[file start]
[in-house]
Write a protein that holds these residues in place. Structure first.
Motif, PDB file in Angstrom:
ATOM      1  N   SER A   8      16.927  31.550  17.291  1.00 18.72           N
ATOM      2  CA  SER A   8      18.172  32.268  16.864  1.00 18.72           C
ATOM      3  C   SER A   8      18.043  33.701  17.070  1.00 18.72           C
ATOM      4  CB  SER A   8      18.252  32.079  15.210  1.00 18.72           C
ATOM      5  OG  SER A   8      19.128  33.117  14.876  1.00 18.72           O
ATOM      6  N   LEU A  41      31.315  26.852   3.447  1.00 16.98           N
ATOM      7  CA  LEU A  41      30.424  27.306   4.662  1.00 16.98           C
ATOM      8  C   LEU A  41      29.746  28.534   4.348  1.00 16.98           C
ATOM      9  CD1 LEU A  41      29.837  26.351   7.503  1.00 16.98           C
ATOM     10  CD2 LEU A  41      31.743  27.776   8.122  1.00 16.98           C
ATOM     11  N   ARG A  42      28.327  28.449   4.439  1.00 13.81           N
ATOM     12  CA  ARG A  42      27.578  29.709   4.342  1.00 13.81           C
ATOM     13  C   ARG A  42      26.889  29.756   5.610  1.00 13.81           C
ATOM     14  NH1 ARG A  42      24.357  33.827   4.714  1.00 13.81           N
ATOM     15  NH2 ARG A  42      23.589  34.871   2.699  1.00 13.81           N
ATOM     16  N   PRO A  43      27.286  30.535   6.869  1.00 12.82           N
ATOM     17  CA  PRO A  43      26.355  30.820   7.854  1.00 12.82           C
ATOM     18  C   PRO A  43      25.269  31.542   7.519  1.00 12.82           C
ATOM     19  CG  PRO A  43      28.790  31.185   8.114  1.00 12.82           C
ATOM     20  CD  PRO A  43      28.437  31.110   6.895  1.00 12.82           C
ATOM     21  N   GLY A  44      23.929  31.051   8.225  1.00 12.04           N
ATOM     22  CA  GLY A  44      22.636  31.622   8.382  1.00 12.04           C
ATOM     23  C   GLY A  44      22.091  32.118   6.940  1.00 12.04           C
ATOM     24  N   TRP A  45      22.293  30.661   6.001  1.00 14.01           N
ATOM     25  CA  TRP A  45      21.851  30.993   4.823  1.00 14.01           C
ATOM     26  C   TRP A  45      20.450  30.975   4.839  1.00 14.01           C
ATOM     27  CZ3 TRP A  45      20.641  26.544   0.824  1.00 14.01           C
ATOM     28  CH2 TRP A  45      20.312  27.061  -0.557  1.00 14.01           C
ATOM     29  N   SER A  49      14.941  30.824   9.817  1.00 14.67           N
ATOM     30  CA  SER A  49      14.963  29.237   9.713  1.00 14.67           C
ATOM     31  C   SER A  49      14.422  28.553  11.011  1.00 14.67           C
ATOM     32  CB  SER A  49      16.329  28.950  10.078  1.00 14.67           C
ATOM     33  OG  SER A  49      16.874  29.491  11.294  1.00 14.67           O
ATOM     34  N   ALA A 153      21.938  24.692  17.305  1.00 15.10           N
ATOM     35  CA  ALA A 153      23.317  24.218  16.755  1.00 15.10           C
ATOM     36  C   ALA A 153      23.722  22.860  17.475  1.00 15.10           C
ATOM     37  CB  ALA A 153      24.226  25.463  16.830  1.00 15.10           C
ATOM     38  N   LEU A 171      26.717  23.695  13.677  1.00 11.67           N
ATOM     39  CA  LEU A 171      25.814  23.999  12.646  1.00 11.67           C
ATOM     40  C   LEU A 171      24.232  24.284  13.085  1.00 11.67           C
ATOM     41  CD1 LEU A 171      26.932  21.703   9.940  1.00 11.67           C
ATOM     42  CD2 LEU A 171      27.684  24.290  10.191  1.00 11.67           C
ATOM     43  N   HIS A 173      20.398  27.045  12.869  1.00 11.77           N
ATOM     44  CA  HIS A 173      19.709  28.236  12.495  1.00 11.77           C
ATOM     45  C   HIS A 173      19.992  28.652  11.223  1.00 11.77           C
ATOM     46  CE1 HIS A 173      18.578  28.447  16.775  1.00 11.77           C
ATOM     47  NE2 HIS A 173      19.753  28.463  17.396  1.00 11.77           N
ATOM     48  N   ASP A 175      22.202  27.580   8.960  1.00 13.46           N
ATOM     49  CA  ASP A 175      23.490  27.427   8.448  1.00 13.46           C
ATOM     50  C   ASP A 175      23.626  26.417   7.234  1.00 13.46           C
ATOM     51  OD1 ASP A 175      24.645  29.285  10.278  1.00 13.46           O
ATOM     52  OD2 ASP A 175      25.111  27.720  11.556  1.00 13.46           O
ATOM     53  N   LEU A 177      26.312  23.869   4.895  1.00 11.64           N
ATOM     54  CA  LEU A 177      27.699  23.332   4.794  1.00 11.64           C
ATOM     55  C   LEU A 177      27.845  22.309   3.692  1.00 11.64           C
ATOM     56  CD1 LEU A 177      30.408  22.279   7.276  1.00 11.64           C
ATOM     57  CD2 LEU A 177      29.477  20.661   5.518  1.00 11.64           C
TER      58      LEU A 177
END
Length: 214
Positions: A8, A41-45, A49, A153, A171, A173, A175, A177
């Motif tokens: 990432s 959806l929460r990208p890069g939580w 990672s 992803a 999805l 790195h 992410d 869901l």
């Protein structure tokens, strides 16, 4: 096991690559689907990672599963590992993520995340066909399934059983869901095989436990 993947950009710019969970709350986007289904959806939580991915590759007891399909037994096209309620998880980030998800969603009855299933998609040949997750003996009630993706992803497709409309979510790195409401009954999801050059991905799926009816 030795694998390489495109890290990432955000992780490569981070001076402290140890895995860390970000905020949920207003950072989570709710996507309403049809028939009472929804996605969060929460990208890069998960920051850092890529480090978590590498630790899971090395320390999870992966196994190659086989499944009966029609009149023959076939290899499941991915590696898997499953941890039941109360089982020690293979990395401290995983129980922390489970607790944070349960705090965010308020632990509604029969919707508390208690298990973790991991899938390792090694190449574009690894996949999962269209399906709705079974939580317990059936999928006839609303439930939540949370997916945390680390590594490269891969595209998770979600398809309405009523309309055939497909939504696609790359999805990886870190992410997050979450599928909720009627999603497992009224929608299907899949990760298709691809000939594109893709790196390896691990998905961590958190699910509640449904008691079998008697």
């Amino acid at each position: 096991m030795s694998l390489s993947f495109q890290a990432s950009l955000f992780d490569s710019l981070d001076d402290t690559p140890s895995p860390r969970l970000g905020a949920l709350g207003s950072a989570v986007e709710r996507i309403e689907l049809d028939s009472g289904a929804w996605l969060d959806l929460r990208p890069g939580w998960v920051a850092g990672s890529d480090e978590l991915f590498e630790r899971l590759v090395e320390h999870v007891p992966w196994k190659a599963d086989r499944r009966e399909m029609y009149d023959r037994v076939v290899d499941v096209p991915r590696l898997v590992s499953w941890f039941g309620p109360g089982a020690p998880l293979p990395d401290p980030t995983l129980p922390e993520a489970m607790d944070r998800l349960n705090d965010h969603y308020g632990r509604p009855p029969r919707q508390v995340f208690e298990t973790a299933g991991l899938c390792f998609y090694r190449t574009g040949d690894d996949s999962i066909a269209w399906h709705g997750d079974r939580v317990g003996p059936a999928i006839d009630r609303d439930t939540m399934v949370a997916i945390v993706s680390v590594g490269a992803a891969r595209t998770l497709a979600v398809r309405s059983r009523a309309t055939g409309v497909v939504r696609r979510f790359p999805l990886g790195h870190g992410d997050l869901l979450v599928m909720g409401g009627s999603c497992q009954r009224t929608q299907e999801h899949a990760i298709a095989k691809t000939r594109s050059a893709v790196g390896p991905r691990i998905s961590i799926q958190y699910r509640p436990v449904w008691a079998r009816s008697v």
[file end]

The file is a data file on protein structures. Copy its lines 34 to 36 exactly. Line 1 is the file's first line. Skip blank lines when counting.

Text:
ATOM     31  C   SER A  49      14.422  28.553  11.011  1.00 14.67           C
ATOM     32  CB  SER A  49      16.329  28.950  10.078  1.00 14.67           C
ATOM     33  OG  SER A  49      16.874  29.491  11.294  1.00 14.67           O